MEMA Reminds Marylanders: September is National and Maryland Preparedness Month
Disasters Happen. Prepare Now. Learn How.
REISTERSTOWN, Md. (September 1, 2018)— As a summer full of rain-induced emergencies around the state comes to a close, the Maryland Emergency Management Agency (MEMA) reminds Marylanders that this is time to review their preparedness plans.
“The flooding in Ellicott City and other parts of Maryland earlier this year reminds us that emergencies can happen anytime and anywhere,” said MEMA’s Executive Director, Russell Strickland. “It is imperative that we all have a plan in place and a disaster supply kit. Now is the time to make sure you are ready for emergencies,” he added.
Preparedness Month, which begins today, September 1, reminds us to prepare throughout the year. The theme this year is Disasters Happen. Prepare Now. Learn How. MEMA has a clear message for all Marylanders:
1. Prepare for an emergency before it happens.
2. Have a plan in place. This means a communications plan, an evacuation & reconvening plan, and a plan for your pets.
3. Know your Zone and be a good neighbor (It only takes one storm to change your life).
Making preparations when threats are not imminent can make communities more resilient. In addition to flooding, some hazards common to Maryland include high wind, severe thunderstorms, and winter storms. Residents should also be aware of other issues such as cybersecurity, extended power outages, and active assailant events.
To find important emergency preparedness information for these and additional threats, visit:
- MEMA: mema.maryland.gov
- Federal Emergency Management Agency: www.ready.gov
- National Weather Service: www.weather.gov/safety
While this year’s hurricane season has been quieter than last year thus far, September and October mark the height of the mid-Atlantic hurricane season. Conditions in the Atlantic Ocean do not appear favorable for storm development, but it only takes one storm hitting our area to threaten lives and destroy property, “and it does not need to be a Hurricane,” added Strickland.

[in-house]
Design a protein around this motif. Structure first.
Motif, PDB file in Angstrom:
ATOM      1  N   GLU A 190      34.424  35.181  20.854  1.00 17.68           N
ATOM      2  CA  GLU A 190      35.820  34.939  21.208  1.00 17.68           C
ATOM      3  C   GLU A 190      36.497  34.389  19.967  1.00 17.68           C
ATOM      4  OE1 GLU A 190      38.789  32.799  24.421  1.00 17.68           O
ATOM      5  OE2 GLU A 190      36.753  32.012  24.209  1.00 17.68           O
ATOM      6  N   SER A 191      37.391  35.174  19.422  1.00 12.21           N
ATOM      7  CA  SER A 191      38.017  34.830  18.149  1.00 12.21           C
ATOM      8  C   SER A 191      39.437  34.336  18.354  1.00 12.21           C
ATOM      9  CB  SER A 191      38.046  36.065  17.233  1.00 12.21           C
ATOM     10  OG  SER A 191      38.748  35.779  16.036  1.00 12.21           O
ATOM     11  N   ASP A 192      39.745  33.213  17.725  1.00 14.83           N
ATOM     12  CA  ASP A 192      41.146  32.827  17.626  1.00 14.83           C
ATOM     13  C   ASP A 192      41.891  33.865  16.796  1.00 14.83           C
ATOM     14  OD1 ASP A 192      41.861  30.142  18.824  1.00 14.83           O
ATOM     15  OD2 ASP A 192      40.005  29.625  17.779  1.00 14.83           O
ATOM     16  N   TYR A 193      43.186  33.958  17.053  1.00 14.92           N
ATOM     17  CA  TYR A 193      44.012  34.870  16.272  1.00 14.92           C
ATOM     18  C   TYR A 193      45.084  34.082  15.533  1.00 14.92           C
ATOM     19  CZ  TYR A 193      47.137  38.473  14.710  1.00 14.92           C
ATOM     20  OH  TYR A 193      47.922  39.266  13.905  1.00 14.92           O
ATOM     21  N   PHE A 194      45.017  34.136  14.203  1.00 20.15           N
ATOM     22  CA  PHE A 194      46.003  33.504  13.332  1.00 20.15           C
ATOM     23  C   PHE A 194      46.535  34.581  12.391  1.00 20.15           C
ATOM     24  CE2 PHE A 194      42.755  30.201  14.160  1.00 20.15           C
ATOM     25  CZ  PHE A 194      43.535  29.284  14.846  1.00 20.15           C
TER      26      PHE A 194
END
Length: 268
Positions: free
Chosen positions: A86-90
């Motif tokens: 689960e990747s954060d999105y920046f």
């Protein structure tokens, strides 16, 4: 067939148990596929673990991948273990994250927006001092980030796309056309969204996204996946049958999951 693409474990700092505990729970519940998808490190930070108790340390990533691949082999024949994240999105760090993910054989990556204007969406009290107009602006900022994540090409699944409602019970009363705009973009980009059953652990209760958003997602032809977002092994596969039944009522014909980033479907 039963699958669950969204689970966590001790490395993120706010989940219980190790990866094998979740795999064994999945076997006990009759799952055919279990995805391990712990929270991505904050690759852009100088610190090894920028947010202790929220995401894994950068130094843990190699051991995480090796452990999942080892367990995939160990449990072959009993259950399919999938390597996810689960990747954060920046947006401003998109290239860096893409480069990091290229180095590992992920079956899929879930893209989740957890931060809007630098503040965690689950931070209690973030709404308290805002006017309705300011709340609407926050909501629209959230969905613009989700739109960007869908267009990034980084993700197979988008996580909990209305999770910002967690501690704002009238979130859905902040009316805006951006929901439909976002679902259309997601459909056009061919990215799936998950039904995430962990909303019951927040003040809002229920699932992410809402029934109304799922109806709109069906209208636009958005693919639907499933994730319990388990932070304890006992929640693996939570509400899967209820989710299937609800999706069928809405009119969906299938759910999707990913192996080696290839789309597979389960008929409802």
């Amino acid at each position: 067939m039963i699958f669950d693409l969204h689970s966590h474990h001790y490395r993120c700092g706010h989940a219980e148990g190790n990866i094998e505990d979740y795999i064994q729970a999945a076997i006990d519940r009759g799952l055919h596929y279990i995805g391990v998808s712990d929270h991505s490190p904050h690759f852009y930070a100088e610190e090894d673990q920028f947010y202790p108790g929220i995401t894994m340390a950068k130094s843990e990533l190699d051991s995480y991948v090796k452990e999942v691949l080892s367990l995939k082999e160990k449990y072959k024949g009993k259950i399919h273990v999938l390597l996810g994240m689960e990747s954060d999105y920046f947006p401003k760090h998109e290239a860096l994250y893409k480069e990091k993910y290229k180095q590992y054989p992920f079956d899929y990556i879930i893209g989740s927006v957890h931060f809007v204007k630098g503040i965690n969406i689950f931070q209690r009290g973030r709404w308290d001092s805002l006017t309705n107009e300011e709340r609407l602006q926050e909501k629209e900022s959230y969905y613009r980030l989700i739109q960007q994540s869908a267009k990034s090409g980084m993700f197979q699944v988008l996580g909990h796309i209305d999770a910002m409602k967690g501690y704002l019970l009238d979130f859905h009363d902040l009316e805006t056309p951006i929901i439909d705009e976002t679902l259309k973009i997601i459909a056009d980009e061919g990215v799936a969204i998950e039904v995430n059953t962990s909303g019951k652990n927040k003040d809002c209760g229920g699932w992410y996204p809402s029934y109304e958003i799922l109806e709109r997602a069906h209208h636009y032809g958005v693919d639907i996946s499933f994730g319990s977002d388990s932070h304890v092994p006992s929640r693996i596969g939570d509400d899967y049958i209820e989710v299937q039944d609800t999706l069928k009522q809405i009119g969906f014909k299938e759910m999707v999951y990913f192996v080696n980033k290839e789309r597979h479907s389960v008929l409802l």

“I want to remind those who live, work or visit Maryland to also learn about our new Know Your Zone storm preparedness and evacuation campaign. We are simplifying evacuation plans if they are needed in parts of Maryland that could be affected by storm surge or tidal flooding for hurricanes or other large storms.”
The new system features three evacuation zones–A, B and C–along the Chesapeake Bay and its tidal tributaries, the Atlantic Ocean, and the coastal bays. A is the most flood-prone area, with Band C following respectively. If local officials call for an evacuation, they can do so by zones, which have been determined by state of the art technology not available a few years ago.
To find out if you live in one of the zones, please go to www.KnowYourZoneMD.com, click on the “Find Your Zone” button, and type your address into the search area in the upper left corner. That will tell you what, if any, evacuation zone you are in. The website also contains useful information about hurricanes and preparedness tips.
MEMA will be involved in preparedness events around the state throughout September. For updated information on these events, follow us on Twitter, @MDMEMA, and our Facebook page, https://www.facebook.com/MDMEMA